The mandatory inspection run was done and the final approach commenced. Steve said that he flew over the power lines on short final and proceeded with a text book landing. The co-pilot (who had been a ball boy at a Wimbledon Tennis Championship where the Duchess had handed out the trophies), still remarked that the landing was going to be "a greaser". The snag with the runway at Ladysmith is that the runway has an upward slope which Steve did not compensate enough for which resulted in a really hard landing with the aircraft bouncing back into the air. The next landing was a repeat of the first, as was the third landing. However, on the third landing Steve pushed the controls into the dash to ensure that the aircraft stayed on the ground. This made for a jarring end to the flight.

After shut down Steve told the co-pilot that, as he had always wanted to meet the Duchess, he must go and greet her on her exit of the aircraft. However, the co-pilot wouldn't budge from his seat. Steve then wondered if he could set fire to himself rather than face the Duchess, but decided to do the honourable thing and go and apologise for the worst landing of his flying career.

The Duchess was very gracious about the horrendous landing and said that the landing "had settled her breakfast".

Steve mentioned that if the Duchess and the passengers of the Alkantpan trip had met, they would never have believed that they had both had the same pilot.

Steve concluded his talk by answering a number of questions from the attendees.

After such a fantastically humorous presentation the Chairman gave the Vote of Thanks of all present and beside the customary gift to guest speakers he took the opportunity of presenting Col Bekker a collectors item, a book about the "Harvards" in the SAAF, a record of all Harvards that had done service in our Air Force and one in particular, the aircraft Col. Bekker had done his training in.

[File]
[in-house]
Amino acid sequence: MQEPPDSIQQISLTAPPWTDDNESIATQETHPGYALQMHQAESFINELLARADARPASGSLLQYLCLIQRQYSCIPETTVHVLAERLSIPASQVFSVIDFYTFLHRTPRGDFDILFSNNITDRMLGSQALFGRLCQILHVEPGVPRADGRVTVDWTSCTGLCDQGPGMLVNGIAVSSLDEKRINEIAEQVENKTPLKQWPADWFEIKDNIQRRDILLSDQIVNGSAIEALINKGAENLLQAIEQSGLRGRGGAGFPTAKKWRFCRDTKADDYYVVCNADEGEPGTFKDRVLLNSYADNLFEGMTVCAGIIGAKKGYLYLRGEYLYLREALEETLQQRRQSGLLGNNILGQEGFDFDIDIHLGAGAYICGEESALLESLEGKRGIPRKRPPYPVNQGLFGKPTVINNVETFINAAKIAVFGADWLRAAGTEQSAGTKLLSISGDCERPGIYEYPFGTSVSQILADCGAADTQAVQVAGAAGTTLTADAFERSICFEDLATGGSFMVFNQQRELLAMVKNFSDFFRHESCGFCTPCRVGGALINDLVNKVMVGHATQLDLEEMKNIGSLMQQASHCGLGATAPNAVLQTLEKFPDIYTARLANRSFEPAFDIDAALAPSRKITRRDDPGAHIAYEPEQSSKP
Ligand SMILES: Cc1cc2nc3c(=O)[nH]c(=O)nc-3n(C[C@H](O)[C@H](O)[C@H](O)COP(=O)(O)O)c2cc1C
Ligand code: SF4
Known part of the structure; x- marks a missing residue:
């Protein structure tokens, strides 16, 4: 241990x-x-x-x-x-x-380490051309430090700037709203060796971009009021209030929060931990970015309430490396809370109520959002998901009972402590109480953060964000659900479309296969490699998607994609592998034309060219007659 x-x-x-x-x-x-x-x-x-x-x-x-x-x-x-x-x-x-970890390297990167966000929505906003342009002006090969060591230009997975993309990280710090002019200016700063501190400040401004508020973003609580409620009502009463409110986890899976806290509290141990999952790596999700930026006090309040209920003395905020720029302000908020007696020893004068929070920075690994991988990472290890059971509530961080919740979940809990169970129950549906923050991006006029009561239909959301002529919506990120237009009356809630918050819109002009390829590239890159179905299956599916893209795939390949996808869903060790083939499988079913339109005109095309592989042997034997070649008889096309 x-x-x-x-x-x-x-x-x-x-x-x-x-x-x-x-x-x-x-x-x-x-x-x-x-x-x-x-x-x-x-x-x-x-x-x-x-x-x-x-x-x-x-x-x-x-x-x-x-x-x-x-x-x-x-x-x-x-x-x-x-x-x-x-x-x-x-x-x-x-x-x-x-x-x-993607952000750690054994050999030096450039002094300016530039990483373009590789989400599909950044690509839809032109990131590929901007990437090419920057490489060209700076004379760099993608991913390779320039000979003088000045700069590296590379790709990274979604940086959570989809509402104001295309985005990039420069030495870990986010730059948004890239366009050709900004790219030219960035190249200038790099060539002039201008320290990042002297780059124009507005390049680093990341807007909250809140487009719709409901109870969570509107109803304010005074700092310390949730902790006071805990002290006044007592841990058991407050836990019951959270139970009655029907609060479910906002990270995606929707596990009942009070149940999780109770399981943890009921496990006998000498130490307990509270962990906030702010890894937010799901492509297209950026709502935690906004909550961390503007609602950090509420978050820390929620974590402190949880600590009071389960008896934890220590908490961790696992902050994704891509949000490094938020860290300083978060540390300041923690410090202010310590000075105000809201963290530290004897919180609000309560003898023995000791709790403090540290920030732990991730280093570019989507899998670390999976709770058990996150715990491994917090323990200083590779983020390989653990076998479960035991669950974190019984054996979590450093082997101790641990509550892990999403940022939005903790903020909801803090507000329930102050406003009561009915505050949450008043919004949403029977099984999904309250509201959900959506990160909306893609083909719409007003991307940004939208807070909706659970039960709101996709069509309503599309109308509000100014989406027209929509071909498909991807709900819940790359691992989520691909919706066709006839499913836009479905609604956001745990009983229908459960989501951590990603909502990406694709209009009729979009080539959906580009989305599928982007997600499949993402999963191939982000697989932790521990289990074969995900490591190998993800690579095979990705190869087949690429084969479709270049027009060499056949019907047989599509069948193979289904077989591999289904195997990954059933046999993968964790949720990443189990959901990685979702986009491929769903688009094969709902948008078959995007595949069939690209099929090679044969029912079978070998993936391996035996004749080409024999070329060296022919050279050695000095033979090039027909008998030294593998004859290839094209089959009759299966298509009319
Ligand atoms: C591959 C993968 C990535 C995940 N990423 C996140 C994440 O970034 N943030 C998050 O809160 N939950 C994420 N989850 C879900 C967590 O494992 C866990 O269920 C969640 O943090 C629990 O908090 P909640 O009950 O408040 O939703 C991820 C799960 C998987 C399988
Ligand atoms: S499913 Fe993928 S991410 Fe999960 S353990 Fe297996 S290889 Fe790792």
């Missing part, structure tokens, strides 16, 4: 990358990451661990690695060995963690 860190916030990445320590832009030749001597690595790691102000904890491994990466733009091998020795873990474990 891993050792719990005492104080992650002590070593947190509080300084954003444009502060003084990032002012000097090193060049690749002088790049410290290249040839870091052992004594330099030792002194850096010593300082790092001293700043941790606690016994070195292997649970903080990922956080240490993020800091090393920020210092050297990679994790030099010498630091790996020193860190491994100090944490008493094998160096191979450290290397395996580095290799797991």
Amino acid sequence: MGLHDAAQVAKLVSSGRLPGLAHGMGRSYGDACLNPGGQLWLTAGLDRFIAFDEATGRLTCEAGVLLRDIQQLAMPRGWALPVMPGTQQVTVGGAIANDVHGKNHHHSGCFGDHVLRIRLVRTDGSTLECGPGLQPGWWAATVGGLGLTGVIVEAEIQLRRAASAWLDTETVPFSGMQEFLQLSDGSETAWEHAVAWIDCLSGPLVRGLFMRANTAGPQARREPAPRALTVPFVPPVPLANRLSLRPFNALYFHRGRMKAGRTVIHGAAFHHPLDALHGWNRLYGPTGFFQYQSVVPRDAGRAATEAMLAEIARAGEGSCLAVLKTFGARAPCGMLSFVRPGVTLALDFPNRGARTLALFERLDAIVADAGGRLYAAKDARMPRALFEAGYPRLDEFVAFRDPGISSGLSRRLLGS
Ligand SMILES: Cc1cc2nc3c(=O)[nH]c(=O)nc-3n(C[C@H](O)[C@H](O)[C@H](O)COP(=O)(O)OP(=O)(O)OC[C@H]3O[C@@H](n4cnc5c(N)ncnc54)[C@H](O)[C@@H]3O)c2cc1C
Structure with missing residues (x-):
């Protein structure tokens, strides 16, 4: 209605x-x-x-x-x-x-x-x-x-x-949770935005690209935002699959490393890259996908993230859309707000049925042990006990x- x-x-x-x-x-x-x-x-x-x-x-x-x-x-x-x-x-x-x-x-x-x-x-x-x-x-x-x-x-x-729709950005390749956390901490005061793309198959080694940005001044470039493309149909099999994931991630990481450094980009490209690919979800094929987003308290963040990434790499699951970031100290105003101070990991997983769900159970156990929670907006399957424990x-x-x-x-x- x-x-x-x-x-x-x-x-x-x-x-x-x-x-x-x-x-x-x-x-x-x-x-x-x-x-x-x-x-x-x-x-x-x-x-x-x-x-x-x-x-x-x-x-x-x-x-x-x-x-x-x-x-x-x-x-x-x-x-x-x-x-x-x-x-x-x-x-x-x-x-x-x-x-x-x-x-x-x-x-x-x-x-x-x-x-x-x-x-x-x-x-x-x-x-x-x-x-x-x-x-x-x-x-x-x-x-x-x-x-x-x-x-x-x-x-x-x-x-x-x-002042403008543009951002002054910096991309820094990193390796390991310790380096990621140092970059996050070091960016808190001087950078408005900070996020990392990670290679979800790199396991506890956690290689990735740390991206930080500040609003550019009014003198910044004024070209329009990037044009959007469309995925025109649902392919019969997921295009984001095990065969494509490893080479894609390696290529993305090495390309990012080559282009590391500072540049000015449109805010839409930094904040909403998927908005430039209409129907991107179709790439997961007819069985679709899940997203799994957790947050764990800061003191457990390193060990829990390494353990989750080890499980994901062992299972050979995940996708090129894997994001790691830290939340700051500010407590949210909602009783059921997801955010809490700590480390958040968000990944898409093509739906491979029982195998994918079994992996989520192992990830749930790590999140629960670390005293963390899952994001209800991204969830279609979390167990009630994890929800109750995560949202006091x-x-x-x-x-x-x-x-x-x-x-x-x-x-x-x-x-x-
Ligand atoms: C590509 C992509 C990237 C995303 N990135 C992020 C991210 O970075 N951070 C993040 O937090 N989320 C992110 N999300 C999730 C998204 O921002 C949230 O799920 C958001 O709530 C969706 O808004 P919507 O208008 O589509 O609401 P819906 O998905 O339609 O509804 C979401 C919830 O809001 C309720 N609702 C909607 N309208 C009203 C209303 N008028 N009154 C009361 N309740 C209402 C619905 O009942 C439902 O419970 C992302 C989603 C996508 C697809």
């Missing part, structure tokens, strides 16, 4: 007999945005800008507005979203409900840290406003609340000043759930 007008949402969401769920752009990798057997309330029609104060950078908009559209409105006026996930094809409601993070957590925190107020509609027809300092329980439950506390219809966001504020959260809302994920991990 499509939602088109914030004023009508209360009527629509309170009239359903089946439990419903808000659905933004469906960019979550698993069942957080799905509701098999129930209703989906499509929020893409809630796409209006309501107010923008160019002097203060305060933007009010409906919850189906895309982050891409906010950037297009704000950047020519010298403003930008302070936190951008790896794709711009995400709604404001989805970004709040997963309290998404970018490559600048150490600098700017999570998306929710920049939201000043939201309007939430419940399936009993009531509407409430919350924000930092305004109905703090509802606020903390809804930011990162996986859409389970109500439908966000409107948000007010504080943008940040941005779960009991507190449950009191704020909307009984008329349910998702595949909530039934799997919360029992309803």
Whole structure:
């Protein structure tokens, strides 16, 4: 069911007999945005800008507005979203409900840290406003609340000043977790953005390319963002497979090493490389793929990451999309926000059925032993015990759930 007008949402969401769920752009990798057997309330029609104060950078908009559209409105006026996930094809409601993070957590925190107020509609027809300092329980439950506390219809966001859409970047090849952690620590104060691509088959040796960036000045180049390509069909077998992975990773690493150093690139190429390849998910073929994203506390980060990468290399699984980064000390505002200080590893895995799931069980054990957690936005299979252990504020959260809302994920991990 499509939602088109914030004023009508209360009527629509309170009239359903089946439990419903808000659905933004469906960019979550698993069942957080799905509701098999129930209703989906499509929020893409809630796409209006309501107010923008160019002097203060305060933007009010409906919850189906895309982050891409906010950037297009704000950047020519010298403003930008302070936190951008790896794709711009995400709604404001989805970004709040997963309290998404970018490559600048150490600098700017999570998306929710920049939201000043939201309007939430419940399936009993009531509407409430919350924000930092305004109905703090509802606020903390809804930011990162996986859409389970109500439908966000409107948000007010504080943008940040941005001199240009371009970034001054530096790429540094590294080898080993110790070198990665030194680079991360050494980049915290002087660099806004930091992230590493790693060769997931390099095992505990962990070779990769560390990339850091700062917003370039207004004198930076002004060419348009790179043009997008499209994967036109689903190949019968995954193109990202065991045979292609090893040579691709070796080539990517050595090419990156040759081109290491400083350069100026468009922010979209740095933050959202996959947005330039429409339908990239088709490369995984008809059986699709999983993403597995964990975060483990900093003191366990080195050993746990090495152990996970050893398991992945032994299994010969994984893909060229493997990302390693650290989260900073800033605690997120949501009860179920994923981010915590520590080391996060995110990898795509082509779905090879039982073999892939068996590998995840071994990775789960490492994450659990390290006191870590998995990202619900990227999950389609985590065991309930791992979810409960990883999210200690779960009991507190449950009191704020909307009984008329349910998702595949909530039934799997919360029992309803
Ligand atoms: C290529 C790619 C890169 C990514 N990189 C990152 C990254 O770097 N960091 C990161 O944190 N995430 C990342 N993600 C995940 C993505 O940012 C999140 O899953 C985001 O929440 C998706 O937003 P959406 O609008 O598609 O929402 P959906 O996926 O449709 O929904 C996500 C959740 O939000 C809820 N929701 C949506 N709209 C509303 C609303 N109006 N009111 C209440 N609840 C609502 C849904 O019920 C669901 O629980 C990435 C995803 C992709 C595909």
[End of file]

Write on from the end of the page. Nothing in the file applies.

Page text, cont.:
The draw for the raffle to assist in the payment of the rental for our venue took place and was won by Andy Allers.

Roy Bowman then announced January's two talks;
Rob Suberg telling us about "The South African Police cap Badge" and the Main Talk will be presented by a guest speaker, Peter Williams who will tell us about "ISIS. Only the beginning of the end".

Once again we kick off the New Year with a Bang.

The Chairman wished all a Merry Christmas and a Happy New Year for 2018, before inviting them to partake in the customary End of Year Cocktail Party.

On behalf of the Kwa Zulu Natal Committee of South African Military History Society I would like to wish all who receive this tome a Merry Christmas and a Happy New Year.

Roy Bowman

* * * * * * *

South African Military History Society /